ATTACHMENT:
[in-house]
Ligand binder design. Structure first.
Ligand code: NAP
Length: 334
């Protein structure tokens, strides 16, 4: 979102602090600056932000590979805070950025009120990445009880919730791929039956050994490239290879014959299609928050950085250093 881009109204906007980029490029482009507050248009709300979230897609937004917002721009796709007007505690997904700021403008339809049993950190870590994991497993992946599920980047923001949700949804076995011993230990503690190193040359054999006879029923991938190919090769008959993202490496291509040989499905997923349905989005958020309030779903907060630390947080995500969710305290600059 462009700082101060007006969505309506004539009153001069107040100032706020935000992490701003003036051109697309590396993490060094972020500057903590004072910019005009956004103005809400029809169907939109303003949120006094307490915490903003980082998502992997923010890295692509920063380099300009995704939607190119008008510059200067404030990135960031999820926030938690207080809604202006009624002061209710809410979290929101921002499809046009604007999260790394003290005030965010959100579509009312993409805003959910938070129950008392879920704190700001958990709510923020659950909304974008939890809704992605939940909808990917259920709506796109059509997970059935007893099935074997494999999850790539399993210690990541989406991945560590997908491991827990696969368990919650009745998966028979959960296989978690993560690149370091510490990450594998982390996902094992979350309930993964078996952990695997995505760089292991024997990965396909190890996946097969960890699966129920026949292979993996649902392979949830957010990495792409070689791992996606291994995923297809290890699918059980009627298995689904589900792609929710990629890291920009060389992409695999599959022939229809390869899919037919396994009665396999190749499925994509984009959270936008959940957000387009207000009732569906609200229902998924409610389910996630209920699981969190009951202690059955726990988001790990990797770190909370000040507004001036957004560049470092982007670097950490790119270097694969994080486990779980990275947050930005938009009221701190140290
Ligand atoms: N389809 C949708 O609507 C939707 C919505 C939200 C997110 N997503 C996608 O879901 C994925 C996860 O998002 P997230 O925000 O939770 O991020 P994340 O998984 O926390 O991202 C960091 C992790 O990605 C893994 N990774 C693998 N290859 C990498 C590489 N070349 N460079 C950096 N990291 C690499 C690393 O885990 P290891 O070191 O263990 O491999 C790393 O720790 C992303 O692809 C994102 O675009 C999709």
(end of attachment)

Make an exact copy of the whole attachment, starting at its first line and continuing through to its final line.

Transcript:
[in-house]
Ligand binder design. Structure first.
Ligand code: NAP
Length: 334
């Protein structure tokens, strides 16, 4: 979102602090600056932000590979805070950025009120990445009880919730791929039956050994490239290879014959299609928050950085250093 881009109204906007980029490029482009507050248009709300979230897609937004917002721009796709007007505690997904700021403008339809049993950190870590994991497993992946599920980047923001949700949804076995011993230990503690190193040359054999006879029923991938190919090769008959993202490496291509040989499905997923349905989005958020309030779903907060630390947080995500969710305290600059 462009700082101060007006969505309506004539009153001069107040100032706020935000992490701003003036051109697309590396993490060094972020500057903590004072910019005009956004103005809400029809169907939109303003949120006094307490915490903003980082998502992997923010890295692509920063380099300009995704939607190119008008510059200067404030990135960031999820926030938690207080809604202006009624002061209710809410979290929101921002499809046009604007999260790394003290005030965010959100579509009312993409805003959910938070129950008392879920704190700001958990709510923020659950909304974008939890809704992605939940909808990917259920709506796109059509997970059935007893099935074997494999999850790539399993210690990541989406991945560590997908491991827990696969368990919650009745998966028979959960296989978690993560690149370091510490990450594998982390996902094992979350309930993964078996952990695997995505760089292991024997990965396909190890996946097969960890699966129920026949292979993996649902392979949830957010990495792409070689791992996606291994995923297809290890699918059980009627298995689904589900792609929710990629890291920009060389992409695999599959022939229809390869899919037919396994009665396999190749499925994509984009959270936008959940957000387009207000009732569906609200229902998924409610389910996630209920699981969190009951202690059955726990988001790990990797770190909370000040507004001036957004560049470092982007670097950490790119270097694969994080486990779980990275947050930005938009009221701190140290
Ligand atoms: N389809 C949708 O609507 C939707 C919505 C939200 C997110 N997503 C996608 O879901 C994925 C996860 O998002 P997230 O925000 O939770 O991020 P994340 O998984 O926390 O991202 C960091 C992790 O990605 C893994 N990774 C693998 N290859 C990498 C590489 N070349 N460079 C950096 N990291 C690499 C690393 O885990 P290891 O070191 O263990 O491999 C790393 O720790 C992303 O692809 C994102 O675009 C999709």